American aluminium trade group The Aluminum Association announced today that the Aluminum Transportation Group (ATG) has grown by two. Pittsburgh’s Alcoa Corporation and Kentucky’s Tri-Arrows Aluminum Inc. have become the ATG’s tenth and eleventh member companies.
Heidi Brock, president and CEO of the Aluminum Association, welcomed the two firms, both of whom are acknowledged leaders in the production of aluminium alloys for the automotive industry.
“The addition of Alcoa and Tri-Arrows reflects the impact of the growing automotive market and demonstrates the industry’s continued commitment to its customers in the automotive space. These new members come at an exciting time for automotive aluminum as we enter a time of unprecedented growth. By 2028, forecasts project total aluminum content will reach 565 pounds per vehicle. As automotive aluminum’s market share rises, so too does its impact on the nation’s manufacturing base and the U.S. economy.”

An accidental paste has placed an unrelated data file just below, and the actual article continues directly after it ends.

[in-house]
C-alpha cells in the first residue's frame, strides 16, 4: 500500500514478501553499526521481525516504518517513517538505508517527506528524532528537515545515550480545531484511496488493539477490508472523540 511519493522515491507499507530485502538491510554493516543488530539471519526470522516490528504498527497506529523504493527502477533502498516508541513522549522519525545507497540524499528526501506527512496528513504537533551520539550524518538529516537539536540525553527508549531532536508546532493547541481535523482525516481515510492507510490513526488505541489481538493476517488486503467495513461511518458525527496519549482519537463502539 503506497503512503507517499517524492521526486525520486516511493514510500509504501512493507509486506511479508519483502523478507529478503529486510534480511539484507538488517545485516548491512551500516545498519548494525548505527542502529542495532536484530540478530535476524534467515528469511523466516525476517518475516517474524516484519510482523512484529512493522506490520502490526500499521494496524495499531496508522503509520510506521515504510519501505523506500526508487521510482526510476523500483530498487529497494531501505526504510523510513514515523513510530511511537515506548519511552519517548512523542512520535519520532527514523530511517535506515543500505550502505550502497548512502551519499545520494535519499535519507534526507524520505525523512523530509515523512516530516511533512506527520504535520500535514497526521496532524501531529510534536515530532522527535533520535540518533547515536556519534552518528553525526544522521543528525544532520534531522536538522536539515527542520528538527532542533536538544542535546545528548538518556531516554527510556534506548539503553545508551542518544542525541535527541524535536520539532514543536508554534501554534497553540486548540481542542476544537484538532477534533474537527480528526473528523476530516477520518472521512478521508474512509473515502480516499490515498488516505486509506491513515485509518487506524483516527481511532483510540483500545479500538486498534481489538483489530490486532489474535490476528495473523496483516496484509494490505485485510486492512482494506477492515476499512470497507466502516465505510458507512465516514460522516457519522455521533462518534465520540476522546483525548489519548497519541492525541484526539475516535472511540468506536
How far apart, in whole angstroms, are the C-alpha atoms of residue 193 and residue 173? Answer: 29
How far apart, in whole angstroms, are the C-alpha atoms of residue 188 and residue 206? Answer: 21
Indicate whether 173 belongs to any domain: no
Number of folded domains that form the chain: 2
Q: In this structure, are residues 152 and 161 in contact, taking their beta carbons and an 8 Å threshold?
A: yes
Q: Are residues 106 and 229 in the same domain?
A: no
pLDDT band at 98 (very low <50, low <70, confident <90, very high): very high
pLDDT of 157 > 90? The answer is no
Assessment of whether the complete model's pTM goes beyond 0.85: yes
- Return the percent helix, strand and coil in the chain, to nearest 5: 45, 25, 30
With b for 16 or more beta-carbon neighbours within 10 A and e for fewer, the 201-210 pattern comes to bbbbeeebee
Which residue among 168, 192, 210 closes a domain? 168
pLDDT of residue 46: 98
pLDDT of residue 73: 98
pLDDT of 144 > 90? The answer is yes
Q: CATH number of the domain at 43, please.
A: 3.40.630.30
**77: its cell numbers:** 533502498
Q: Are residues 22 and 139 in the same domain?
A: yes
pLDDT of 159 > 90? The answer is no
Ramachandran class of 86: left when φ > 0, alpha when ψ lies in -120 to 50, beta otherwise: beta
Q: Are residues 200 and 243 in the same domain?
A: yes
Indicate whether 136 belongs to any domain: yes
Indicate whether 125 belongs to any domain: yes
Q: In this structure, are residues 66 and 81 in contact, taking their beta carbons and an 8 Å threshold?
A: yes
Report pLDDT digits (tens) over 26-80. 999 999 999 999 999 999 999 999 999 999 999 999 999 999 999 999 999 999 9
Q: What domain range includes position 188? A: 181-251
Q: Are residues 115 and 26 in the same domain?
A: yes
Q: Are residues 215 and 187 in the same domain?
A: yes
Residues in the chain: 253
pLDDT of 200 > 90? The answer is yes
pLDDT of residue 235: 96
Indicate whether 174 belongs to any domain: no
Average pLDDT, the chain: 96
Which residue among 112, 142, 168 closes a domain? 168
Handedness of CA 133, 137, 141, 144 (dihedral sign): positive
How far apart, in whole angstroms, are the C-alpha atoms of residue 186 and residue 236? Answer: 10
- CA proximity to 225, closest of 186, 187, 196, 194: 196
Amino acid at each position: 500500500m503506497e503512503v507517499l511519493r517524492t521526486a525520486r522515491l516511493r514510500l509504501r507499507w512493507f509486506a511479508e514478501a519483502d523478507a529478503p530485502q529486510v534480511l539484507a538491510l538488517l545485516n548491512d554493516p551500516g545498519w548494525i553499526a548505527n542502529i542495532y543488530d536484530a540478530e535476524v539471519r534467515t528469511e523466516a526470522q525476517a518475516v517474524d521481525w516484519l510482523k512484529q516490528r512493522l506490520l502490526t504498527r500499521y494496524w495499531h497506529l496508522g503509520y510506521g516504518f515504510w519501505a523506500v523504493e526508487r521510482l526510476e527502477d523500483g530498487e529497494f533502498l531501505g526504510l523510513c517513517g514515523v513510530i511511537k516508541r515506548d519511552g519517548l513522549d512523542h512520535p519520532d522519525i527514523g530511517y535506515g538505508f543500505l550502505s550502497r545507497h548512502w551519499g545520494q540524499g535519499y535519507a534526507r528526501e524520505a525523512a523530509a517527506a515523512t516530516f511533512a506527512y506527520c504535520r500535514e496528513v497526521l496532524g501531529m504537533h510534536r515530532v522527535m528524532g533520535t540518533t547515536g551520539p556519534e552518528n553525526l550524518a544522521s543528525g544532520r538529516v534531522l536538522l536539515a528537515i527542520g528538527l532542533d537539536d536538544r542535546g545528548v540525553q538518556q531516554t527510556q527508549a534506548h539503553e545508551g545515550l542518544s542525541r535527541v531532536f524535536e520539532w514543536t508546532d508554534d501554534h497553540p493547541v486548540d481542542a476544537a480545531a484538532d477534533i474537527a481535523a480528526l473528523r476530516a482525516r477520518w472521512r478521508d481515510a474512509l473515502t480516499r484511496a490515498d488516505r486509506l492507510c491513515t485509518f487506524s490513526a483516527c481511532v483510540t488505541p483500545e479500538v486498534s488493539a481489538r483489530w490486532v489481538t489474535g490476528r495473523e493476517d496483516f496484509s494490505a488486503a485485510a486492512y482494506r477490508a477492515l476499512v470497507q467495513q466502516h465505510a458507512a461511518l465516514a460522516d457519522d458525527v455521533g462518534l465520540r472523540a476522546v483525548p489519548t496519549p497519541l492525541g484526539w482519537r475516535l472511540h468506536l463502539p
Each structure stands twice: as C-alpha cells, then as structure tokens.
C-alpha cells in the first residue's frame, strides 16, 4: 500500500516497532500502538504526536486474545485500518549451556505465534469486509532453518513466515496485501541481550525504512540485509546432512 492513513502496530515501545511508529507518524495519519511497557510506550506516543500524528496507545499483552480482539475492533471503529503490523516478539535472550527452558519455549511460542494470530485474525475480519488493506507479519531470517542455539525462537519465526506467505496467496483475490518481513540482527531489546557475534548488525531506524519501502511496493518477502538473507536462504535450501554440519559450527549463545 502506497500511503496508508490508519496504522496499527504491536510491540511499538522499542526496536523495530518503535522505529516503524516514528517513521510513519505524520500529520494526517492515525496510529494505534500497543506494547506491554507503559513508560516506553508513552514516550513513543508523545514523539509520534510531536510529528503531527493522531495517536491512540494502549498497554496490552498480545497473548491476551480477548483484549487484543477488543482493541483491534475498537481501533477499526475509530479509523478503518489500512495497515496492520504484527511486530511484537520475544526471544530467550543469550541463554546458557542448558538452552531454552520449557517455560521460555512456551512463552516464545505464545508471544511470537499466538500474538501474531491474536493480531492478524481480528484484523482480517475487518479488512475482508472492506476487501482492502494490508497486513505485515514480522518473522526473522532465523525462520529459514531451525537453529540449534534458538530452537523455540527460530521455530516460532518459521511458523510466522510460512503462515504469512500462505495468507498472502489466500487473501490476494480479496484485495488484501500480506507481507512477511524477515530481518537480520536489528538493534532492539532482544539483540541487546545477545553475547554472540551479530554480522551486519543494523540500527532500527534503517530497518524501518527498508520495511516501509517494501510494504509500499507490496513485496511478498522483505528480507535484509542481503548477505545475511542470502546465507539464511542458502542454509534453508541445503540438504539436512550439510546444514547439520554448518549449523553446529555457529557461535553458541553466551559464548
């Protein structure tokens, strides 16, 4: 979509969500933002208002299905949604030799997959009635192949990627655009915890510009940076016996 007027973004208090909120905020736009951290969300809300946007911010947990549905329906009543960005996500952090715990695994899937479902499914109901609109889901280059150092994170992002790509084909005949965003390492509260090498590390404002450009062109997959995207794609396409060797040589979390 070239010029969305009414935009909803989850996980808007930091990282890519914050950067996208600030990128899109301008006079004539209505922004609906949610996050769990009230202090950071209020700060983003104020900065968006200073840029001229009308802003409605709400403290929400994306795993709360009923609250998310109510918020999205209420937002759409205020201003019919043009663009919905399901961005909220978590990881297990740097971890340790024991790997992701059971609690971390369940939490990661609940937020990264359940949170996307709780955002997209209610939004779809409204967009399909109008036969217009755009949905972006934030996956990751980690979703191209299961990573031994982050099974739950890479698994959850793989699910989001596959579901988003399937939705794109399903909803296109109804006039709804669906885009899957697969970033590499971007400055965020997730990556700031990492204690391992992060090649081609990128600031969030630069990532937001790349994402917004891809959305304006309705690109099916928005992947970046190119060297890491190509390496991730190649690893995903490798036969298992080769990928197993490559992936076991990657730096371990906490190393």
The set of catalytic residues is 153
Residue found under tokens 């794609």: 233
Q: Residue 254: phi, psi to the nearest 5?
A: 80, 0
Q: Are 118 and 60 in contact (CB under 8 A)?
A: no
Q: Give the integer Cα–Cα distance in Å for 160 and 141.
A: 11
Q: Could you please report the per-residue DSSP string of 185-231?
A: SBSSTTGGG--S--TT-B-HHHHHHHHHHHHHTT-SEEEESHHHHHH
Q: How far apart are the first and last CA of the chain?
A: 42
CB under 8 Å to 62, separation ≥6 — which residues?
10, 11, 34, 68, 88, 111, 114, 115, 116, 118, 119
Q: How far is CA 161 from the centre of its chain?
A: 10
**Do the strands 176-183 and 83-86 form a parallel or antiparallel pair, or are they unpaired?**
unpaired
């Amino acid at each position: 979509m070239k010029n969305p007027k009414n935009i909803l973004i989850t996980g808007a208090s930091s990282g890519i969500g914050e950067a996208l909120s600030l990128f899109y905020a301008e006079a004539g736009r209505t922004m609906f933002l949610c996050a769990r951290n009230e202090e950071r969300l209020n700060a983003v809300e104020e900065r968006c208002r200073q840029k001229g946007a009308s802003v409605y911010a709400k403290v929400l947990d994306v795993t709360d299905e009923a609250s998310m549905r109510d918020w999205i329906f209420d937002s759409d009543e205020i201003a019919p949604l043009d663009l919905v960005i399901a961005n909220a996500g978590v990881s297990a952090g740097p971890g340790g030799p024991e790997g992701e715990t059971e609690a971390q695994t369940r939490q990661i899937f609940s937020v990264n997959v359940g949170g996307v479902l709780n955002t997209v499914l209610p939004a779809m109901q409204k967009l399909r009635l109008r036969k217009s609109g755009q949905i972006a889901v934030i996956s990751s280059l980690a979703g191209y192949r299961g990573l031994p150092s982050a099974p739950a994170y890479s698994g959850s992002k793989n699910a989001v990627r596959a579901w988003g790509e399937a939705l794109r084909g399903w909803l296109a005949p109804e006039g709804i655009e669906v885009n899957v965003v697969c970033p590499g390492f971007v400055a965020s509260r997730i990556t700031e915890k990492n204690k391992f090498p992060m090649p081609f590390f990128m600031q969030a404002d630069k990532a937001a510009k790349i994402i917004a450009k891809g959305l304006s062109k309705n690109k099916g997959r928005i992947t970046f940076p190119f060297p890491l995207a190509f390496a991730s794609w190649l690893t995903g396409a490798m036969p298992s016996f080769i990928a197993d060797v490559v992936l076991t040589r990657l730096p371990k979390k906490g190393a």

Tri-Arrows began in 1977 when ARCO (The Atlantic Richfield Company) purchased Anaconda Company. The firm commissioned its Logan Rolling Mill in 1984, and the company’s Manufacturing JV was established the following year. BP purchased ARCO Aluminum Inc. in 2002, and Arrow Aluminum Acquisition Inc. purchased ARCO Aluminum Inc. from BP seven years later, changing the company’s name to Tri-Arrows Aluminum, Inc. The firm became a subsidiary of Japan’s UACJ Corporation in 2013.
Alcoa’s long and storied history began with its founding as Pittsburgh Reduction Company in 1888 by Charles Martin Hall, one half of the discovery team to pioneer the Hall-Héroult process, and Alfred E. Hunt. The duo began production at three sites in earnest by 1895. The firm began operating as The Aluminum Company of America in 1907, with the term “Alcoa” entering into use three years later. Alcoa spun off its value-added operations last year, retaining primary aluminium mining, smelting, and refining operations. Alcoa returned its headquarters to Pittsburgh after an eleven-year hiatus earlier this spring.